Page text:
Final note: In Here Happy is No Part of Love I refer to a concept in Jewish mysticism called Tsimsum which attempts to solve the paradox of how God can be everywhere and at the same time have space to create the world. The idea is that creation is made possible when God contracts. I remember thinking, between contractions, about Tsimsum, how in the rendering or rending of human life the self blinks, shudders, for an instant is crushed to almost nothing.
wants to but peels each sanity
And though fear a pure thing is not acceptance.
I swear I say I have no hold myself captive
but would not move.
her hand strongly on the side rail.
presses into [template]
the want to wish to
Now this second son I never dreamed fills something unasked
and I want
and to ask if I am happy is
she is not (in the end) denatured (but begins to)
Someone shouting, (a woman) she
go through circle of fire
I oh no what is that I collect and try I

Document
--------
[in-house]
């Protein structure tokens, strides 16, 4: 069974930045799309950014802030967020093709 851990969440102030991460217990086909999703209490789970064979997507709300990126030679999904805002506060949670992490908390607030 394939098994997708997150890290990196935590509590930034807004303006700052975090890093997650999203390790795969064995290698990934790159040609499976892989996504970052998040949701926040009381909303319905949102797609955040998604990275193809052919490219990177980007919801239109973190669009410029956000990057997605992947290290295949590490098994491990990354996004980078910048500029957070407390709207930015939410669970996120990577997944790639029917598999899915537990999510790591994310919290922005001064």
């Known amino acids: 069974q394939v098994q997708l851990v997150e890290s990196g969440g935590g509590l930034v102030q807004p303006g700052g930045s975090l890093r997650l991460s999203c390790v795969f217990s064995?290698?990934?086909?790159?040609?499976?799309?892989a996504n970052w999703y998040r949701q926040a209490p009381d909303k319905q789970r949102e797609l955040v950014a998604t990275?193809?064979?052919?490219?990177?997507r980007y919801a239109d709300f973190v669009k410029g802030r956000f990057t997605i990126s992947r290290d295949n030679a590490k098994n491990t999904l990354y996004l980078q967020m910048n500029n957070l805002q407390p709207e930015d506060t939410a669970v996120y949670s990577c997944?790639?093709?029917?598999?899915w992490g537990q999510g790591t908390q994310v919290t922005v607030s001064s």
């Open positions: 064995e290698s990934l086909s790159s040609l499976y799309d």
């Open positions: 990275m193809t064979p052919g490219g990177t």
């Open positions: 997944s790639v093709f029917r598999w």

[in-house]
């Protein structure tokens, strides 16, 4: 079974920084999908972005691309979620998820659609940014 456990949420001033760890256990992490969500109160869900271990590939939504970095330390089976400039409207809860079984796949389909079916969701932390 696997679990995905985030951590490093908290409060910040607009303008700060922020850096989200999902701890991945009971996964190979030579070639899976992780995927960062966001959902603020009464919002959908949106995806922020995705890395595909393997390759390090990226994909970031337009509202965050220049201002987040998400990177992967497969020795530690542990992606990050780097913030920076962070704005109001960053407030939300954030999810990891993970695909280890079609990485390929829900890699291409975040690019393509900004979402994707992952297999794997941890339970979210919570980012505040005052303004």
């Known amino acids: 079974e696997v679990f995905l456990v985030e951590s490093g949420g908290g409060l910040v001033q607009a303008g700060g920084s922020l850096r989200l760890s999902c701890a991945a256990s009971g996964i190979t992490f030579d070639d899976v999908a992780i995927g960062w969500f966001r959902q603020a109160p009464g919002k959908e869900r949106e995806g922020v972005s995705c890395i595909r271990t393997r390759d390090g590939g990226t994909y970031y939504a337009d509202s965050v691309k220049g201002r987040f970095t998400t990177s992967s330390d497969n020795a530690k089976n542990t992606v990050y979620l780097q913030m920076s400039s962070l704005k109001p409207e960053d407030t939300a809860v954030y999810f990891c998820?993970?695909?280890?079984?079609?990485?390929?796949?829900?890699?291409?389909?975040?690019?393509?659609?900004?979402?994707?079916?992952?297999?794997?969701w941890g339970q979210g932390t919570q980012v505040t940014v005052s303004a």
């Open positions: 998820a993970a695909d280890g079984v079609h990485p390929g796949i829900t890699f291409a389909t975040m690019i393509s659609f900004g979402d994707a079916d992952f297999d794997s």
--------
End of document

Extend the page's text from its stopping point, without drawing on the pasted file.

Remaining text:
Organic: I cannot move.
A woman, some screaming they say less screaming breathe! they say she wants to say
but who? and how to with all this screaming
my body opens-in one cannot witness is
At some point I started begging.
Each time in that place thinking I must tell them thinking the difference between saying and thinking is they cant hear me, and would say, I cant do this then would sink again drowning again desperate.
Decisions were made in both places drowning and living and a woman sent out for Demerol. It was long and I went back and back and back to the place I swore I could not go. Before I knew I was there again. It came to me, became me.
And here she was fiddling and fixing the I.V. bitter, chiding, Id used my strength to say enough! We hear you they said, were helping. And a woman was sent for Demerol (it had been fluid). Oh I was faché and told them, told them off but the place came to me and I could say nothing.
No position, no angle, way to manage.
then: the syringe